IndiGo Promoter Spat: Rakesh Gangwal Says Even a 'Paan Dukaan' Would Be Better Run

In a letter to SEBI, Gangwal has flagged governance issues at the company and accused co-founder Rahul Bhatia of indulging in questionable related-party transactions.

New Delhi: Locked in a bitter battle with fellow co-founder Rahul Bhatia, IndiGo promoter Rakesh Gangwal has alleged serious governance lapses at the company, saying even a “paan ki dukaan” (betel shop) would have managed matters with more grace.

Gangwal, who along with his affiliates holds around 37% stake in InterGlobe Aviation, said that the company has “started veering off” from the core principles and values of governance that made the company what it is today.

The move appears to indicate that a boardroom dispute is escalating after a report in May that the co-founders and two largest shareholders of India’s largest airline were at odds over its expansion.

InterGlobe Aviation (or IndiGo) is also the parent of the country’s largest airline IndiGo.

Co-founder Rahul Bhatia and his affiliates (IGE Group) has around 38% stake. Both Bhatia and Gangwal have a major say in its strategy and plans because of their significant shareholding.

Gangwal has written a letter to markets regulator SEBI, flagging governance issues at the company and has accused Bhatia and his firms of indulging in questionable related-party transactions. SEBI, in its role as a stock market regulator, is empowered to protect the rights of investors in listed companies.

According to Gangwal, the shareholders’ agreement provides his long-time friend Bhatia unusual controlling rights over IndiGo.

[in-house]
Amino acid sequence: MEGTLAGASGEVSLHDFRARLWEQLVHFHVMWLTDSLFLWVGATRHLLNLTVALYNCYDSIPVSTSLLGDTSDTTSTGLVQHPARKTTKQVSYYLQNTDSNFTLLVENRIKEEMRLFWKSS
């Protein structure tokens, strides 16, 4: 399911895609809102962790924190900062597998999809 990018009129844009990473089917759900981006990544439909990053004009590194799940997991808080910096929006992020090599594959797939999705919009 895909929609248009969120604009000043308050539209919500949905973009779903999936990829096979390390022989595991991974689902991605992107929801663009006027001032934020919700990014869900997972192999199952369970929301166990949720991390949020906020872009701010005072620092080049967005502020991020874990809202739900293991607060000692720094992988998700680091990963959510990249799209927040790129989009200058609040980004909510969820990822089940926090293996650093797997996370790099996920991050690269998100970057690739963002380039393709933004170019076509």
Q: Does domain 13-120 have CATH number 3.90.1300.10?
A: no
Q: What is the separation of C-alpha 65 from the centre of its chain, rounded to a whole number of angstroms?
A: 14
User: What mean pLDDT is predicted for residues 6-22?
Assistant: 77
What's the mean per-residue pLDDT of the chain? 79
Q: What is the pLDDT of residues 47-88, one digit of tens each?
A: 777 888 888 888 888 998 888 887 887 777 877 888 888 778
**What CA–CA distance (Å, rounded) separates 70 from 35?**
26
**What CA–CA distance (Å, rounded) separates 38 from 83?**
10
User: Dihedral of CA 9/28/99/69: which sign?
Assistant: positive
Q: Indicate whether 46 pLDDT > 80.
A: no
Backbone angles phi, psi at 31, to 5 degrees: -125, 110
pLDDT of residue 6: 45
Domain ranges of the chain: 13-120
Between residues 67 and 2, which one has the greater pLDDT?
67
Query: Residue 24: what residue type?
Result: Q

“Beyond just questionable Related Party Transactions, various fundamental governance norms and laws are not being adhered to and this is inevitably going to lead to unfortunate outcomes, unless effective measures are taken today,” Gangwal said in the letter.

“I have vigorously attempted for almost a year to persuade the company to shore up its governance standards, and all my attempts have been thwarted by the IGE Group,” Gangwal said in his letter to SEBI, published on the Bombay Stock Exchange website.

Referring to various events at the company, Gangwal, in the proposed notice for extraordinary general meeting, said the events go “far beyond just poor governance and even a ‘paan ki dukaan‘ would have handled these matters with more grace”.

SEBI has sought a reply from Interglobe Aviation by July 19.

A copy of the letter has also been sent to Prime Minister Narendra Modi, finance minister Nirmala Sitharaman, civil aviation minister Hardeep Singh Puri and commerce minister Piyush Goyal among others.

After Gangwal wrote to the board seeking an extraordinary general meeting, Bhatia, on June 12, opposed the proposal.

Bhatia wrote to the board alleging that the genesis of Gangwal’s angst was his “hurt ego” and refusal of IGE Group to entertain his “unreasonable demands”.

Gangwal, an American and an aviation industry veteran who spent years in senior roles at United Airlines and US Airways, has been a big factor in driving IndiGo’s emergence as one of the fastest growing carriers in the world.

Bhatia, in turn, has been running things on the ground in India.

India’s aviation sector has been shaken by the collapse of Jet Airways, which has sent travel prices soaring. Jet, once India’s largest private carrier, was crippled by mounting losses.

IndiGo, SpiceJet and GoAir have been rushing to fill the vacuum left by Jet and gain control of its valuable slots.

IndiGo’s fleet consists of more than 200 Airbus SE A320 and A321 narrowbody aircraft, along with just over a dozen ATR turboprops.

The full letter has been reproduced below.

Rakesh Gangwal letter by on Scribd

(With agency inputs)